The UK has “lagged behind” other countries in terms of providing diabetes technologies according to an op-ed by The Lancet Diabetes &Endocrinology.
The article discusses pioneering new treatment approaches and how the diabetes landscape has changed in recent years.
The Lancet authors mention how there is a “substantial geographical variation in access to diabetes technologies” within the NHS.
However it also refers to Diabetes UK’s consensus guideline, published earlier this year to “rationalise and improve access to available technologies”.
In recent years there has been criticism over access to the pioneering FreeStyle Libre because it largely depends on where people live, with diabetes organisations campaign to put an end to the so-called ‘postcode lottery’.
Earlier this year the NHS revealed how from April 2019 it planned to make the FreeStyle Libre available for one in five people with type 1 diabetes.
The document said: “Hopefully the recommendations in the new consensus guidelines will help to ensure that more people who stand to benefit will have access to these devices. The guideline is intended both for local policy makers to ensure an integrated approach to availability and for clinicians to use as a guide for joint decision making with patients.”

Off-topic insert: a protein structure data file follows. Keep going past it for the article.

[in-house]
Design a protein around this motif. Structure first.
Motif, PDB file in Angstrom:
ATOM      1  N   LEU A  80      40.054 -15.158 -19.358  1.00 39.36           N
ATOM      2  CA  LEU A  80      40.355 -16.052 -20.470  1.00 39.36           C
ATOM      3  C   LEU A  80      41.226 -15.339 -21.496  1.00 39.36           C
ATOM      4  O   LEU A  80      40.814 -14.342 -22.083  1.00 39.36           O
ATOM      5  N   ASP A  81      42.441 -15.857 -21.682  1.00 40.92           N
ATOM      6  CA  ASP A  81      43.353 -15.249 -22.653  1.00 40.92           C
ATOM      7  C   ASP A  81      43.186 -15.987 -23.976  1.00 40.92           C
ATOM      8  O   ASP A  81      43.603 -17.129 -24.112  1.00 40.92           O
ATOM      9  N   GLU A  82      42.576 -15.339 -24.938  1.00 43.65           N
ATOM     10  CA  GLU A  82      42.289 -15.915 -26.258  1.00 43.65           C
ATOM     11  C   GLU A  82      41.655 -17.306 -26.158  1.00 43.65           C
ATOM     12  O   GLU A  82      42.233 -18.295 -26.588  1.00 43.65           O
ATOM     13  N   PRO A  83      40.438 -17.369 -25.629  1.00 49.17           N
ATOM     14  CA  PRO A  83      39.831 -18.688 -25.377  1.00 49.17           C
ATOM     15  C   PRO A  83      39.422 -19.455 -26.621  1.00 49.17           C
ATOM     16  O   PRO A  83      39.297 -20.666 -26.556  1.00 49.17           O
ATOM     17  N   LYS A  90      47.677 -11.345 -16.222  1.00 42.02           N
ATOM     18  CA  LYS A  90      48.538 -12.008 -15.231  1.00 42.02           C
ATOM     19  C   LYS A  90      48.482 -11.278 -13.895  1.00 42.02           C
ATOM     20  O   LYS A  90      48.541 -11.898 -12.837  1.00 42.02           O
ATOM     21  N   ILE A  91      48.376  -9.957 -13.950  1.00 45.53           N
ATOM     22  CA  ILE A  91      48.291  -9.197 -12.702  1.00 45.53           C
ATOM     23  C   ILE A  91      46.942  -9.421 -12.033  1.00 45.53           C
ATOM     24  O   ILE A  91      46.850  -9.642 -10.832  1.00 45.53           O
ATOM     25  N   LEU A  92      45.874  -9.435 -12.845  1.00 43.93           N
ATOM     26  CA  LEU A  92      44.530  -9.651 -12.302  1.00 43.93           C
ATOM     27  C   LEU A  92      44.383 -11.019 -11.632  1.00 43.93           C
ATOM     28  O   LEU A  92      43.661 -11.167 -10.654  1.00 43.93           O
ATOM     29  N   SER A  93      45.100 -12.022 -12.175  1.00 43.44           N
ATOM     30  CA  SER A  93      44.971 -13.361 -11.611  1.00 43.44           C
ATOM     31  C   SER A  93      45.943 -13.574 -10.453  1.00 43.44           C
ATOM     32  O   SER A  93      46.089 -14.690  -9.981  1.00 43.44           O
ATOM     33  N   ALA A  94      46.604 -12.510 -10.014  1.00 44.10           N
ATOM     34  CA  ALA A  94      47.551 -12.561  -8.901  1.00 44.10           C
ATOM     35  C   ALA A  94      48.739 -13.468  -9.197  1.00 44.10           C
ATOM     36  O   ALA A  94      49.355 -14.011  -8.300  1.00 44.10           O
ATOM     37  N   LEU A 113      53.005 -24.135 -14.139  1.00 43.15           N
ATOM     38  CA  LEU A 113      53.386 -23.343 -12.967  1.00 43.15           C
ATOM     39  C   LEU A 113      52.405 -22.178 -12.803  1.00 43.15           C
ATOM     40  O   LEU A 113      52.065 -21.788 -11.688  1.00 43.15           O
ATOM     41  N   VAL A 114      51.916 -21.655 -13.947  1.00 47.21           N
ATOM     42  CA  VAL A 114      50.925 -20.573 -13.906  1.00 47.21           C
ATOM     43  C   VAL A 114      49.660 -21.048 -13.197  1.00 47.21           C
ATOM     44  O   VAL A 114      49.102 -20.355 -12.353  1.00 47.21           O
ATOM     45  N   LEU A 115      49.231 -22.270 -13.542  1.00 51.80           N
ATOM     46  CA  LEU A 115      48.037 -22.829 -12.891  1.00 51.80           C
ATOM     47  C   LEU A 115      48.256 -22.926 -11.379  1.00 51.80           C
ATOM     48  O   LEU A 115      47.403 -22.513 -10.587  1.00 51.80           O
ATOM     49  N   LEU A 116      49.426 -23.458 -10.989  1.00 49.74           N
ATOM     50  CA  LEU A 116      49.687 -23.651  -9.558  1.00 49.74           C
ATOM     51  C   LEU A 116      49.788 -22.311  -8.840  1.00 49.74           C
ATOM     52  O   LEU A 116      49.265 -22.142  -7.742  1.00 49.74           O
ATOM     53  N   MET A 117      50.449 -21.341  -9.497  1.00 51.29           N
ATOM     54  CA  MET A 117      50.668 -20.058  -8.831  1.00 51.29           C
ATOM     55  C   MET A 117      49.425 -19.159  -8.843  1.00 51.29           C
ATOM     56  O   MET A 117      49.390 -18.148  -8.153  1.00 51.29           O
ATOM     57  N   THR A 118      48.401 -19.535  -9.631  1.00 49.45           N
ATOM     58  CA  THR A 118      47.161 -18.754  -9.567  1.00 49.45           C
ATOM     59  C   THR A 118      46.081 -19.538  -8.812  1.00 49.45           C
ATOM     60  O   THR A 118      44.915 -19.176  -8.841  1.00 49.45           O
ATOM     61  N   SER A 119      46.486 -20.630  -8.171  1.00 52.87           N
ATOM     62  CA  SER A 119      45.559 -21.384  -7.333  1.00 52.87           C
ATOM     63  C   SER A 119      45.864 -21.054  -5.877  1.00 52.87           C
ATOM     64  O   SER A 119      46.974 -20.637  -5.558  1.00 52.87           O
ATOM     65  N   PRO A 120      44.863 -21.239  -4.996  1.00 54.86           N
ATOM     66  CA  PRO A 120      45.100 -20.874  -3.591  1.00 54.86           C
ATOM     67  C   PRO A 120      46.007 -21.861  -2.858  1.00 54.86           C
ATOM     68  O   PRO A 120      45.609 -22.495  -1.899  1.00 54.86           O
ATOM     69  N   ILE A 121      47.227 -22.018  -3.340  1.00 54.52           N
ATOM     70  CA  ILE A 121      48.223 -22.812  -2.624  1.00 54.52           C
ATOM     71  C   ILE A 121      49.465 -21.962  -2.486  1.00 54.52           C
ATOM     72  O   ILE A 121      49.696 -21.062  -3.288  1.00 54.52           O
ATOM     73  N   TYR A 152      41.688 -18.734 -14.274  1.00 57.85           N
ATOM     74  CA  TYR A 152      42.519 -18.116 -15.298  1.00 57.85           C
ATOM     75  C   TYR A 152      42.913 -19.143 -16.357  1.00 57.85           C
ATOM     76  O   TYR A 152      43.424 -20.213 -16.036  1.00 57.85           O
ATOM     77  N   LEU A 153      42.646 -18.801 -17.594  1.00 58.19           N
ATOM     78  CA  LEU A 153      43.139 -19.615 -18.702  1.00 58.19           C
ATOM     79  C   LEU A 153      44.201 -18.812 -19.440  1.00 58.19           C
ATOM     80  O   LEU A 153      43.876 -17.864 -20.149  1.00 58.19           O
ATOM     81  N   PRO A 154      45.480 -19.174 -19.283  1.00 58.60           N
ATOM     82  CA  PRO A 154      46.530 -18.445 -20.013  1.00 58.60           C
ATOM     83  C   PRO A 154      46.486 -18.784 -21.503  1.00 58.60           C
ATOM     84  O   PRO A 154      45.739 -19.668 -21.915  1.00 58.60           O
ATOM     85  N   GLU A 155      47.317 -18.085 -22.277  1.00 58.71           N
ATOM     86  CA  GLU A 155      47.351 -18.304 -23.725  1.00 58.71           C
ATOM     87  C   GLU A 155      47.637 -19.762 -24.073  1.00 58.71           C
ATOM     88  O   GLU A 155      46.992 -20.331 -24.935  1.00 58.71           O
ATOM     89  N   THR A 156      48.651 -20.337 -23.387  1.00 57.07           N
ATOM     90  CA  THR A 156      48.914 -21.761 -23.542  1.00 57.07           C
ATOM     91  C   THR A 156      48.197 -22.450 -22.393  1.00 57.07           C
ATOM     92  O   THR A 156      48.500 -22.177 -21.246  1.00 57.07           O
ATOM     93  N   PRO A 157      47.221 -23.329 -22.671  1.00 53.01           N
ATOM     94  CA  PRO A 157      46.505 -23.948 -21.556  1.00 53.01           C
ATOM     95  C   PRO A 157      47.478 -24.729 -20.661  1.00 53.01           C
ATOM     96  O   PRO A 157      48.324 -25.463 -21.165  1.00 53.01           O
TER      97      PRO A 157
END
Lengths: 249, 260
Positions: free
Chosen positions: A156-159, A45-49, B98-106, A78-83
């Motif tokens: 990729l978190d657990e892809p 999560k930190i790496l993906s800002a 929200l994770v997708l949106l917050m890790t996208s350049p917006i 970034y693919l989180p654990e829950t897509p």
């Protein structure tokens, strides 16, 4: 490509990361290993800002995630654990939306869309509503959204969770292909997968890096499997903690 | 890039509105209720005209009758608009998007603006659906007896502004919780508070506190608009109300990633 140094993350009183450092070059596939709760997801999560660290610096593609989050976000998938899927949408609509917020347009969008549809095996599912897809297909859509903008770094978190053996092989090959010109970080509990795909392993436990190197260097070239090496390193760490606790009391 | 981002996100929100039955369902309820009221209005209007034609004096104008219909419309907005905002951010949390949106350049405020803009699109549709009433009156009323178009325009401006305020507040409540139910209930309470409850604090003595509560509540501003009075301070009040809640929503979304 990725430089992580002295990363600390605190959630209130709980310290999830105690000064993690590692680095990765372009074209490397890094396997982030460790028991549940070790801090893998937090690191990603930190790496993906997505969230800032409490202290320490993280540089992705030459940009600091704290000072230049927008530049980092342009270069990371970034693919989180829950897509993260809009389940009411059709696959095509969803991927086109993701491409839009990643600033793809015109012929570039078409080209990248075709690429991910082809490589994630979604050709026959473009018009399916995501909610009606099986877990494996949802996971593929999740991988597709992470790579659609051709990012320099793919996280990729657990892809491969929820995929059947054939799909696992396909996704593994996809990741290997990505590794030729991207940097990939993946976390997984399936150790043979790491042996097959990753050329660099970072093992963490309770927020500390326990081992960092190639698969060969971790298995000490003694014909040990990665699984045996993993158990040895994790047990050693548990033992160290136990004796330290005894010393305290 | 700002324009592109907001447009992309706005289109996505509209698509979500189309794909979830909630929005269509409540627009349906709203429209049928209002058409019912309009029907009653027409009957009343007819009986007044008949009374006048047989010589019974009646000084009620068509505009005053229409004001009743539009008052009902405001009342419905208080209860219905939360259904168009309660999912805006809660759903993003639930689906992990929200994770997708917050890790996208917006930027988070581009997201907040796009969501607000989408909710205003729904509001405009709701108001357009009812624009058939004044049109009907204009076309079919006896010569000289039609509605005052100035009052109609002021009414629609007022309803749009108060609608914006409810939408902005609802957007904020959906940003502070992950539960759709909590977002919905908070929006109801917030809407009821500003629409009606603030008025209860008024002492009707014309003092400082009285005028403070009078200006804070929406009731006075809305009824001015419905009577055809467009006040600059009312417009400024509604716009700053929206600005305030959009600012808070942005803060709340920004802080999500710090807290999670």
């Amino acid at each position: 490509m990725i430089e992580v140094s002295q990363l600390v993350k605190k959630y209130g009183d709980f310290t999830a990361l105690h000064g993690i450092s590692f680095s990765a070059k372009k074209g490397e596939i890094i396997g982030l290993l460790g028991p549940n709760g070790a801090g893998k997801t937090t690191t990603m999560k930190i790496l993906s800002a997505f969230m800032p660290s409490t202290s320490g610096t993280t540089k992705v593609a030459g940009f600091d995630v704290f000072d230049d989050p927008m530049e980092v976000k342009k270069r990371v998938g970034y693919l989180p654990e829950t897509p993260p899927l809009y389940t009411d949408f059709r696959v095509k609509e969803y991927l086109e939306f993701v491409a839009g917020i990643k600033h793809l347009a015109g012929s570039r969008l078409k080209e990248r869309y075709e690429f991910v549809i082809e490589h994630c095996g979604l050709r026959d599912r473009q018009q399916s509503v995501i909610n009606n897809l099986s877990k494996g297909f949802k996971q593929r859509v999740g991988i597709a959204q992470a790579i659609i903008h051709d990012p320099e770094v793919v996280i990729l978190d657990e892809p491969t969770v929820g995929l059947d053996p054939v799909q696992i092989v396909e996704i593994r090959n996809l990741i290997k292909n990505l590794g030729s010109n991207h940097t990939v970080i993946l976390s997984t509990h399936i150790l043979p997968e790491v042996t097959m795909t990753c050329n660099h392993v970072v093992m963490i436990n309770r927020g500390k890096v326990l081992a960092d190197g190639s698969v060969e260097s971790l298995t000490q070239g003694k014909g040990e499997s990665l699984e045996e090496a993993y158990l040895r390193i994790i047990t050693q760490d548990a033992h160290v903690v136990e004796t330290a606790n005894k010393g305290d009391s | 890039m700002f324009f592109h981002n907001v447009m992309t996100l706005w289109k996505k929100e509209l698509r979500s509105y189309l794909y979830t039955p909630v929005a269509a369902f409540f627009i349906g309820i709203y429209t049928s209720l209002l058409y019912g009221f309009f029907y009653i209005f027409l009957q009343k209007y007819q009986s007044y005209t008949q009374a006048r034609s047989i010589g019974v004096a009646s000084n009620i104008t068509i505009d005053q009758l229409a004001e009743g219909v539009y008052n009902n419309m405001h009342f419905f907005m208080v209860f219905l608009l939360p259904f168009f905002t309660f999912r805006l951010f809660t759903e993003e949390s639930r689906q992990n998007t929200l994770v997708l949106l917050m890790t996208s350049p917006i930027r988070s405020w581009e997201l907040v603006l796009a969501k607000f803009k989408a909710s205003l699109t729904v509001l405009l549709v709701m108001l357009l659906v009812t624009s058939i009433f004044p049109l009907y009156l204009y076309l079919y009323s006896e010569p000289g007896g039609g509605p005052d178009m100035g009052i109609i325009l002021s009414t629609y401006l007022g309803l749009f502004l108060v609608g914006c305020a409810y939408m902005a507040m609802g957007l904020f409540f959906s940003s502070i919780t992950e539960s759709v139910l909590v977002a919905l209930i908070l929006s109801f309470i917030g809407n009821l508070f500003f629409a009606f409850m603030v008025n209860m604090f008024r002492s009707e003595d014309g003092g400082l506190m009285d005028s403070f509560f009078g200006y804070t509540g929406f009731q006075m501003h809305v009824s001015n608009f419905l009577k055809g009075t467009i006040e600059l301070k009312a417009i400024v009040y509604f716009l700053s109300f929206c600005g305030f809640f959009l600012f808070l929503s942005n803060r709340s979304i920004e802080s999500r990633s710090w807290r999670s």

Diabetes treatment progress was also celebrated in the article, mentioning how integration with consumer electronics and cloud-based data systems are helping people manage their condition better.
The article said: “These developments make this a time of unique promise for people with type 1 diabetes, as well as parents of paediatric patients, with novel technologies offering the potential opportunity to ease the burden of self-management and to improve glycaemic control, reduce hypoglycaemia, and improve quality of life. However, important challenges remain.”
Cyber security issues were addressed, relating warnings issued by the US Food and Drug Administration (FDA) that some Medtronic MiniMed insulin pumps were being recalled because of cybersecurity vulnerabilities. This meant they could be hacked, allowing someone to change the settings wirelessly. The FDA noted that there had not been any reports of patient harm.
While not reported in the op-ed, Diabetes.co.uk is aware that engineers with type 1 diabetes have used this ‘vulnerability’ for positive means in order to turn insulin pumps into a form of artificial pancreas.
An organisation working to help people to achieve these modifications is the Open Artificial Pancreas System project (#OpenAPS).
On one hand, these modifications could be risky depending on the skill and experience of the engineer; on the other hand, a significant number of people with type 1 diabetes have reported significant benefits to their diabetes control in using the methods outlined by the OpenAps project.